Global Electronics Inc. Case Analysis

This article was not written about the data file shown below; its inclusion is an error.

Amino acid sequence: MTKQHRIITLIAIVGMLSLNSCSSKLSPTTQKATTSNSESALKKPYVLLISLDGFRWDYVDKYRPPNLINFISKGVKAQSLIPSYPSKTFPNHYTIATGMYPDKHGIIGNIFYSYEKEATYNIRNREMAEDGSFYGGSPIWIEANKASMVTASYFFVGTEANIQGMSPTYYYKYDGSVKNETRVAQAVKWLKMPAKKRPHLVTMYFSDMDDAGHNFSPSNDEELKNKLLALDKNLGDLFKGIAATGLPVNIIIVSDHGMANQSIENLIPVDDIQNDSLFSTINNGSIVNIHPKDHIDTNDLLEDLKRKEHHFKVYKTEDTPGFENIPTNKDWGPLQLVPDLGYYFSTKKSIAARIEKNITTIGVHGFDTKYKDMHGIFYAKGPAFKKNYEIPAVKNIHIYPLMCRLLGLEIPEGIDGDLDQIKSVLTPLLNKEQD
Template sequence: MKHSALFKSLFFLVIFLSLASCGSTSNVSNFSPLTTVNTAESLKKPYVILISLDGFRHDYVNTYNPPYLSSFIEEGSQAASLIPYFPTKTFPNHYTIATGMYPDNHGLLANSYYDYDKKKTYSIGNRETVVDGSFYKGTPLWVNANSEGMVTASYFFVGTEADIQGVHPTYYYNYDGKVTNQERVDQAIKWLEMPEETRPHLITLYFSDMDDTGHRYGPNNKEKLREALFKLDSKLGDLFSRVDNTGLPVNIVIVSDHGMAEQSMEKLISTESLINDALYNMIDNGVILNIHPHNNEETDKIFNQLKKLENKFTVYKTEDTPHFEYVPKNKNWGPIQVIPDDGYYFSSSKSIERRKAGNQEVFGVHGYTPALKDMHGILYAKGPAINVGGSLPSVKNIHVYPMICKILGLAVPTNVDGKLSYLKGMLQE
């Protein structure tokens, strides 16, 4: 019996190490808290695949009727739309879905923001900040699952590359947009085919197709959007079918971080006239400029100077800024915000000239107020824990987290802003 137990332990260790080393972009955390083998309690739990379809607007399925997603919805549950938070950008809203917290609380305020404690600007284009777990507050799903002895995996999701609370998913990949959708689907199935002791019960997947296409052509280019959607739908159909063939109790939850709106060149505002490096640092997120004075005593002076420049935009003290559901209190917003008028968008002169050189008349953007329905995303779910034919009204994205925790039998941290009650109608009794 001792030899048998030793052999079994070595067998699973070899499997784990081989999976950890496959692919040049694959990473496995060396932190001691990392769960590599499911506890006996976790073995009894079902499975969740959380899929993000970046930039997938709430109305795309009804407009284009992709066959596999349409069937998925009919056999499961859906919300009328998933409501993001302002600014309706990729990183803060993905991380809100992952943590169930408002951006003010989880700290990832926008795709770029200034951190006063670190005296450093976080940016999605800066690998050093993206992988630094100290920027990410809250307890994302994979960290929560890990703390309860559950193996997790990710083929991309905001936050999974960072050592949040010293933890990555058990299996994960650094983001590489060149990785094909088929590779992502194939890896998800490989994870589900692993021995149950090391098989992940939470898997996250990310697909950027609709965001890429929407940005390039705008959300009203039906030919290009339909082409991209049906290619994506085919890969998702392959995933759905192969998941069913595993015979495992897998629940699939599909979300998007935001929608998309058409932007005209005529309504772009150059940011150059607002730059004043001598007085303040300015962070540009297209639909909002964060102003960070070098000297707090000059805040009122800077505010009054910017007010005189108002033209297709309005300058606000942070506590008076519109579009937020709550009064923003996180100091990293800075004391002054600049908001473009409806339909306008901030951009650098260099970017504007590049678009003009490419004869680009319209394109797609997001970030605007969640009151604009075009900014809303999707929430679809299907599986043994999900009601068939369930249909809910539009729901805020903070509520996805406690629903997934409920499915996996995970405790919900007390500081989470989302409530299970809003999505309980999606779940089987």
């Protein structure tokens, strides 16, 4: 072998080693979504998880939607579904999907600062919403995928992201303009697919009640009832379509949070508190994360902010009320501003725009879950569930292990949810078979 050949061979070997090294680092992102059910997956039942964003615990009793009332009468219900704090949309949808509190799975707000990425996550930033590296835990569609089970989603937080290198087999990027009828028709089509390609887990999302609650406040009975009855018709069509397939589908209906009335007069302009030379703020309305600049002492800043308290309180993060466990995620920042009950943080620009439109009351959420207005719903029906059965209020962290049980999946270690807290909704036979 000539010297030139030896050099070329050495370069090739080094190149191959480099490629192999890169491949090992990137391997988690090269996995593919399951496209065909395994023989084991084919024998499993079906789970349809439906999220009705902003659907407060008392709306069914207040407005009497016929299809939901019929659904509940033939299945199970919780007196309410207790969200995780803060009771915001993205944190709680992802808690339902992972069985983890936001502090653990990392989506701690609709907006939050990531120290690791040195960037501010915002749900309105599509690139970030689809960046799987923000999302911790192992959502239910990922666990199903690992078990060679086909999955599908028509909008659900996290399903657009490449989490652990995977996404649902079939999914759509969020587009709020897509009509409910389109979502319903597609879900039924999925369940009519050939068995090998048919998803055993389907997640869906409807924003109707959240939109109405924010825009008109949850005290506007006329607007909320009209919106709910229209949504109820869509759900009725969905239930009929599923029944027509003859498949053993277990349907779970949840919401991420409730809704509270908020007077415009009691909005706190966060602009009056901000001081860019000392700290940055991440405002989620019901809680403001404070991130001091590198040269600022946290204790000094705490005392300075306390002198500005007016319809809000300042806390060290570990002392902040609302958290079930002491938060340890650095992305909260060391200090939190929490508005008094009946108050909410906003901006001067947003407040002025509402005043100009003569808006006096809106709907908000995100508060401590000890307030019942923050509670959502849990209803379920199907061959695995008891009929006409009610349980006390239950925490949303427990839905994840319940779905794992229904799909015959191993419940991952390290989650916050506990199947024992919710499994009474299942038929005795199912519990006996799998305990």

Global Electronics, Inc. (GEI), has its main office in Sarasota, Florida and the company employs about 2,300 people at its three U.S. fabrication facilities (located in Huntsville, Alabama; Evansville, Indiana; and Reading, Pennsylvania), and has 4,000 employees at its assembly and test facility in Kuala Lumpur, Malaysia. Discrete power semiconductors and analog, digital, mixed-signal, and radiation-hardened integrated circuits for signal processing and power-control applications are at the heart of what GEI designs, manufactures, and markets. This case will examine the warning signs that existed within GEI to implement ABC as a possible solution and why ABC is a better solution when these warning signs exist. The implementation of the ABC system at GEI will also be highlighted as to degree of success, what GEI did well and what GEI could have improved upon. The key behavioral and technical factors that help or hinder a successful ABC implementation will also be examined. Recommendations for the improvement of the ABM system will be highlighted followed by an overall conclusion on GEI’s ABC system and continued implementation into Activity Based Mangement (ABM). Analysis (Question 1) What preexisting conditions (or warning signs) existed within Global Electronics to warrant considering ABC as a possible solution? When these preexisting conditions exist, why does ABC offer a better solution than traditional cost systems? The warning signs that existed within GEI to warrant ABC costing began “In 1999, GEI's profitability spiraled downward with operating losses reaching $100 million on sales of approximately $650 million, causing management concern about the accuracy of the company's standard cost system. There was a feeling that the standard cost system could not truly identify which of the company's products were profitable and which were not. The lack of an understanding of product profitability, a flawed product mix, and poor marketing and pricing decisions could have contributed to GEI's financial problems” (Brewer, Juras & Brownlee, 2003, para. 3). Other warning signs included “From 1994-1999, the predetermined manufacturing overhead rate had spiraled upward from 300 percent to more than 600 percent of direct labor. As the manufacturing process became more technology driven, management worried that high-volume products and/or less complex products were being overcosted and that low-volume products and/or more complex products were being undercosted (Brewer et al., 2003, para. 4). A product engineer observed , “…the logic product line, which is a mature high-volume product, is bearing a lot of the total factory costs, thereby making the new lower-- volume specialty products look cheaper. The perception is that we are doing well on all sides, except for logic, which looks marginally unprofitable” (Brewer et al., 2003, para. 5). Another preexisting condition was that, “GEI's product engineers intuitively understood the shortcomings of the existing labor-based standard cost system. For example, they knew that producing low-volume, specialty orders added complexity to the manufacturing process that was not reflected in the cost system” (Brewer et al., 2003, para. 6). A product unit cost system (PUC) was set but “rather than reconcile the difference between the PUC system and the direct labor-based standard cost system, both costs were tracked. With two sets of cost data available, managers could choose the figures that made their departments look best” (Brewer et al., 2003, para. 6). These conditions all led to why an ABC costing offered a better solution. The ABC costing system was a better solution to the standard costing system because “ABC systems assign resource costs to activities, and they use volume and nonvolume-related cost drivers to assign activity costs to products” (Brewer et al., 2003, para. 8). The ABC cost system would more clearly “define the...
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